* As of this month, Old Court had $2.3 million in NOW interest-bearing checking account overdrafts, more than two-thirds of that amount representing overdrafts in accounts belonging to the defendants or partnerships in which they had interests.

The defendants either declined to comment or could not be reached today for comment.

"All defendants," charges the 11-count complaint, "received compensation, fees and other payments from Old Court and its subsidiaries and affiliates . . . which were unearned, unreasonable and unconscionable."

The conservator said that those fees were only "those uncovered to date," and that it believes that "substantial additional fees were paid by Old Court subsidiaries and affiliates" to the same people.

In one case, according to documents reviewed by The Washington Post, Levitt's receipt of fees increased in the first few months of this year even as state regulators grew more concerned about the health of Old Court.

Between January and May, for example, Levitt received $960,980 in "consulting fees" from Meridian Mortgage Investment Corp., a wholly owned subsidiary of Old Court, the documents show.

That was more than double the rate at which he received such fees in 1984.

Levitt, widely regarded as the driving force behind Old Court's spectacular growth from an association with $140 million in assets to one with $873 million in assets, is specifically alleged in the suit to have "fraudulently misappropriated" funds from the thrift and its subsidiaries.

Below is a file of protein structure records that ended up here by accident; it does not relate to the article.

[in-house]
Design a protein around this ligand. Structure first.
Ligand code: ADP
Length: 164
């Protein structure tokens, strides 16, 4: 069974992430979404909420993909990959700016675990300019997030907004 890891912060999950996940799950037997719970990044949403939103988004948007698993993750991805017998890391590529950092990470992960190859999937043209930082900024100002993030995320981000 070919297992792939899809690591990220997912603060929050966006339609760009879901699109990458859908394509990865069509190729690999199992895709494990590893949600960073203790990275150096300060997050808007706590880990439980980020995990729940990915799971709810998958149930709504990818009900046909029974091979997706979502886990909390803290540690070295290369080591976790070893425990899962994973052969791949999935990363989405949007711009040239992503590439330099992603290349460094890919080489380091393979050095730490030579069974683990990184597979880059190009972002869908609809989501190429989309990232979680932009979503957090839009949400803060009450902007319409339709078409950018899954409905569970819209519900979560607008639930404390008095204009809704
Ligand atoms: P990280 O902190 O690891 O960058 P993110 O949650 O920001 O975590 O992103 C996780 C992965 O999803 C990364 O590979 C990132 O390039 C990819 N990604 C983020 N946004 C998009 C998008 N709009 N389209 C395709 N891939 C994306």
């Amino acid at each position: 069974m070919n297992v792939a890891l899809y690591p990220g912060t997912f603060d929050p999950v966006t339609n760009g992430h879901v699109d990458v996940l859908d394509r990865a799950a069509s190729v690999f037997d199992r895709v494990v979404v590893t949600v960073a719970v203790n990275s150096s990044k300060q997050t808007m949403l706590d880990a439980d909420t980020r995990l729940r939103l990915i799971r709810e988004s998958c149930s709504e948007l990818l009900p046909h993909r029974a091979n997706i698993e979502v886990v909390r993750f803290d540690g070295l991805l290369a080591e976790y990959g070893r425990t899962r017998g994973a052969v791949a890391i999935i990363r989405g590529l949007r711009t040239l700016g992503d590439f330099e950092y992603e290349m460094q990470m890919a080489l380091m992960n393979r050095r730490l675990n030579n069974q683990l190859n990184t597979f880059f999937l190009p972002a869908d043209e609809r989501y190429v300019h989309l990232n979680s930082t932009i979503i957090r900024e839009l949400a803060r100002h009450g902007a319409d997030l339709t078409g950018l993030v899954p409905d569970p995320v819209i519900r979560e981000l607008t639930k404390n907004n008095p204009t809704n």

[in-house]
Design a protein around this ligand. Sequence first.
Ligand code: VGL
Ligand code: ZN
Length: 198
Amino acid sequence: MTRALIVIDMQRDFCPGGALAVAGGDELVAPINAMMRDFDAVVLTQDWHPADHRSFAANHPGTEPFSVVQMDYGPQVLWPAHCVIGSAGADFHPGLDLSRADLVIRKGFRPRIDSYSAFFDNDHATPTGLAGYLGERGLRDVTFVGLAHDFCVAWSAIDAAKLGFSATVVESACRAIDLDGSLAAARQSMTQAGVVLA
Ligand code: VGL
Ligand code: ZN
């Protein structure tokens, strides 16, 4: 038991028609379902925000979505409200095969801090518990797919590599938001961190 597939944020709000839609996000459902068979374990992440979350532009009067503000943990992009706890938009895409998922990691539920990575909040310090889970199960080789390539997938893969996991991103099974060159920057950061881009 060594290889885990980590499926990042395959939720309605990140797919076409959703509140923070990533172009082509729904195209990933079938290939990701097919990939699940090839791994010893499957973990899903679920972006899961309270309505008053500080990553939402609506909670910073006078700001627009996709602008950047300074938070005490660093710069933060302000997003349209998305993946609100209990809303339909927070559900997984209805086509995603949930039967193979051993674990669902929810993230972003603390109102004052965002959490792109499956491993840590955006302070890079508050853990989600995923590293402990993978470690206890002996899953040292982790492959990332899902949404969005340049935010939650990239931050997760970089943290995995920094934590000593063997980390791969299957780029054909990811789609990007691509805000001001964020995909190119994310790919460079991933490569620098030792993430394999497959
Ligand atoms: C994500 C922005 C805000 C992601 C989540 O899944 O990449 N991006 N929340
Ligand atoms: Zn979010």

"Further," charges the suit, "Levitt directed others to make false entries in the books and records of Old Court . . . . "

The conservator's suit is the latest addition to the growing legal difficulties of Old Court and its officers. Maryland Attorney General Stephen H. Sachs is conducting a criminal investigation of Old Court, and it was learned today that some subpoenas have been issued in that probe.

None of the legal wrangling offers any measure of hope to Old Court's 75,000 depositors, nearly all of whom are barred from withdrawing any of their funds.

The announcement in early May of a change of management at Old Court, followed by news of Sachs' investigation, sparked widespread runs on deposits at a number of Maryland's 102 state-chartered thrifts.

In late May, the legislature enacted laws requiring the largest thrifts to get federal insurance by the end of December, a process that has proved to be difficult for a number of the large associations.